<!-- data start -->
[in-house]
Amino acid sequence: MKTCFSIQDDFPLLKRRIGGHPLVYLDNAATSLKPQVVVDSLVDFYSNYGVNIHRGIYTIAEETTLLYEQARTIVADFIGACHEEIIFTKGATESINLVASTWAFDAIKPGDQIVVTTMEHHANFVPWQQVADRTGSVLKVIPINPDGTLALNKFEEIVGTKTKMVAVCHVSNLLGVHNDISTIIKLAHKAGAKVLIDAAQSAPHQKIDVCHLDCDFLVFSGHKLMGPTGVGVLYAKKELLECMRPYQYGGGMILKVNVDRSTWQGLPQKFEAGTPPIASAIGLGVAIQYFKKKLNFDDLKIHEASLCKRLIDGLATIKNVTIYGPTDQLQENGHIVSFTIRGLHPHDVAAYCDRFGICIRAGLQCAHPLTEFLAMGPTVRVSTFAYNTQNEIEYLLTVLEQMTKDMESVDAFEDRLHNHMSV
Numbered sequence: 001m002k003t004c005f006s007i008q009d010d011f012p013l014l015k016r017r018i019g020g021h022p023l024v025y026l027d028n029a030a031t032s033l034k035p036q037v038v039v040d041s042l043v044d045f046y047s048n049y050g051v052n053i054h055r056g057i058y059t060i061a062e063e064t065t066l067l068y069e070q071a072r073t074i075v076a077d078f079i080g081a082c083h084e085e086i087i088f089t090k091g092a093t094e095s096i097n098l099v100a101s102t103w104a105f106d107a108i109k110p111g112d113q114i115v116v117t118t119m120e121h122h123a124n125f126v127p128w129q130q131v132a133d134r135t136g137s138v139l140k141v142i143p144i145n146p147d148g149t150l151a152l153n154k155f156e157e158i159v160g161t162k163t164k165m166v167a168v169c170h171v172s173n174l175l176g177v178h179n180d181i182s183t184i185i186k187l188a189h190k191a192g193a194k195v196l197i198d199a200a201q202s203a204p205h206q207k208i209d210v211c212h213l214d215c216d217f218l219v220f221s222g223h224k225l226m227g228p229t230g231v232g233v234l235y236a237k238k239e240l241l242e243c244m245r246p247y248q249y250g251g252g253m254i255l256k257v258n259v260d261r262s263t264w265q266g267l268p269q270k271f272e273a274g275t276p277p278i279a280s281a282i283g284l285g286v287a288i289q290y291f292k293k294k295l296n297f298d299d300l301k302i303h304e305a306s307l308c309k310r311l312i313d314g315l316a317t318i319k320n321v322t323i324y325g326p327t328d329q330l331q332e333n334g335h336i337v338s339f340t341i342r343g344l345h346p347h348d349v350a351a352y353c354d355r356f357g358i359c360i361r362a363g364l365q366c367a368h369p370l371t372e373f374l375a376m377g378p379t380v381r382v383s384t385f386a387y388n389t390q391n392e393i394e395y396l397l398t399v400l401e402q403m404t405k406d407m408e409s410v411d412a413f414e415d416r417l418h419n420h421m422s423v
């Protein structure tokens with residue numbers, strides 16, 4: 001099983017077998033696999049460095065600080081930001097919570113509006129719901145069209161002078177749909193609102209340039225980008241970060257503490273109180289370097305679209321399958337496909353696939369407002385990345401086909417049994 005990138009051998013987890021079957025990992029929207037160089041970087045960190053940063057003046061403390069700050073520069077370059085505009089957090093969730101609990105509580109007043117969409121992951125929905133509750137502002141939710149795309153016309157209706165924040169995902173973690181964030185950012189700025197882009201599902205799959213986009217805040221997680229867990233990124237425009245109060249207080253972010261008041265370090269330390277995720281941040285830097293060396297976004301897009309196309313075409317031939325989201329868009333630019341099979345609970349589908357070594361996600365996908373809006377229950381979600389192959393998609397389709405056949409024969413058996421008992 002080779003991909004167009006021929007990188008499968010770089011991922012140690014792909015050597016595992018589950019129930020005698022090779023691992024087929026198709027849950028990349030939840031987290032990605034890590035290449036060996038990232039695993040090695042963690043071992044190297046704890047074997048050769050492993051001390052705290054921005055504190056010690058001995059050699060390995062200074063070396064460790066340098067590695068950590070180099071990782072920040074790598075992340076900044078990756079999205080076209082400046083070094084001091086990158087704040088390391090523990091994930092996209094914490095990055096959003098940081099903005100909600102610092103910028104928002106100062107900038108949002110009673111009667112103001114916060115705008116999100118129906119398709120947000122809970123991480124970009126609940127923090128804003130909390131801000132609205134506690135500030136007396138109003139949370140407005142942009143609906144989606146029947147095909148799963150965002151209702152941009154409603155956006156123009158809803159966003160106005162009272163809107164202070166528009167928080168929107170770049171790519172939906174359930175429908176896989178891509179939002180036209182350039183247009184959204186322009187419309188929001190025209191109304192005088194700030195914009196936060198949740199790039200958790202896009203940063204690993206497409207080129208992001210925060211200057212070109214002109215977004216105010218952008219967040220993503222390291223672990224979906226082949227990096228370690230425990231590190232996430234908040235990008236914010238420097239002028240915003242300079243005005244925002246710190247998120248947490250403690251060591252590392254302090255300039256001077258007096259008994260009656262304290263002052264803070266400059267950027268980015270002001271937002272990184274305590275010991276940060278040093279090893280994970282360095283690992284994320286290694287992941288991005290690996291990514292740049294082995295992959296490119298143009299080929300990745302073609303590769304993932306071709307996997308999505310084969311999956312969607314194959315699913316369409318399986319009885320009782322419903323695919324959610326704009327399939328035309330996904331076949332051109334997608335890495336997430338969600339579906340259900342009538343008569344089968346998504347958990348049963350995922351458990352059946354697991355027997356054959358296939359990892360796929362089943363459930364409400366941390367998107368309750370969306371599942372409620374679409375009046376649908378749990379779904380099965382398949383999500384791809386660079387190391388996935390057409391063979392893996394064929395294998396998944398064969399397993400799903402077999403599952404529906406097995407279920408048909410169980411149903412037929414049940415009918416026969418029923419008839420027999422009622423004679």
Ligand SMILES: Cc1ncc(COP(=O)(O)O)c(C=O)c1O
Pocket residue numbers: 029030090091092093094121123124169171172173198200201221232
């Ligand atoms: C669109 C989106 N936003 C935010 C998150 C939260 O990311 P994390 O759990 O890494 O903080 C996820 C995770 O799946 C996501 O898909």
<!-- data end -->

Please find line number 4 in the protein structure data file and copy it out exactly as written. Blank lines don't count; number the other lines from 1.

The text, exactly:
């Protein structure tokens with residue numbers, strides 16, 4: 001099983017077998033696999049460095065600080081930001097919570113509006129719901145069209161002078177749909193609102209340039225980008241970060257503490273109180289370097305679209321399958337496909353696939369407002385990345401086909417049994 005990138009051998013987890021079957025990992029929207037160089041970087045960190053940063057003046061403390069700050073520069077370059085505009089957090093969730101609990105509580109007043117969409121992951125929905133509750137502002141939710149795309153016309157209706165924040169995902173973690181964030185950012189700025197882009201599902205799959213986009217805040221997680229867990233990124237425009245109060249207080253972010261008041265370090269330390277995720281941040285830097293060396297976004301897009309196309313075409317031939325989201329868009333630019341099979345609970349589908357070594361996600365996908373809006377229950381979600389192959393998609397389709405056949409024969413058996421008992 002080779003991909004167009006021929007990188008499968010770089011991922012140690014792909015050597016595992018589950019129930020005698022090779023691992024087929026198709027849950028990349030939840031987290032990605034890590035290449036060996038990232039695993040090695042963690043071992044190297046704890047074997048050769050492993051001390052705290054921005055504190056010690058001995059050699060390995062200074063070396064460790066340098067590695068950590070180099071990782072920040074790598075992340076900044078990756079999205080076209082400046083070094084001091086990158087704040088390391090523990091994930092996209094914490095990055096959003098940081099903005100909600102610092103910028104928002106100062107900038108949002110009673111009667112103001114916060115705008116999100118129906119398709120947000122809970123991480124970009126609940127923090128804003130909390131801000132609205134506690135500030136007396138109003139949370140407005142942009143609906144989606146029947147095909148799963150965002151209702152941009154409603155956006156123009158809803159966003160106005162009272163809107164202070166528009167928080168929107170770049171790519172939906174359930175429908176896989178891509179939002180036209182350039183247009184959204186322009187419309188929001190025209191109304192005088194700030195914009196936060198949740199790039200958790202896009203940063204690993206497409207080129208992001210925060211200057212070109214002109215977004216105010218952008219967040220993503222390291223672990224979906226082949227990096228370690230425990231590190232996430234908040235990008236914010238420097239002028240915003242300079243005005244925002246710190247998120248947490250403690251060591252590392254302090255300039256001077258007096259008994260009656262304290263002052264803070266400059267950027268980015270002001271937002272990184274305590275010991276940060278040093279090893280994970282360095283690992284994320286290694287992941288991005290690996291990514292740049294082995295992959296490119298143009299080929300990745302073609303590769304993932306071709307996997308999505310084969311999956312969607314194959315699913316369409318399986319009885320009782322419903323695919324959610326704009327399939328035309330996904331076949332051109334997608335890495336997430338969600339579906340259900342009538343008569344089968346998504347958990348049963350995922351458990352059946354697991355027997356054959358296939359990892360796929362089943363459930364409400366941390367998107368309750370969306371599942372409620374679409375009046376649908378749990379779904380099965382398949383999500384791809386660079387190391388996935390057409391063979392893996394064929395294998396998944398064969399397993400799903402077999403599952404529906406097995407279920408048909410169980411149903412037929414049940415009918416026969418029923419008839420027999422009622423004679």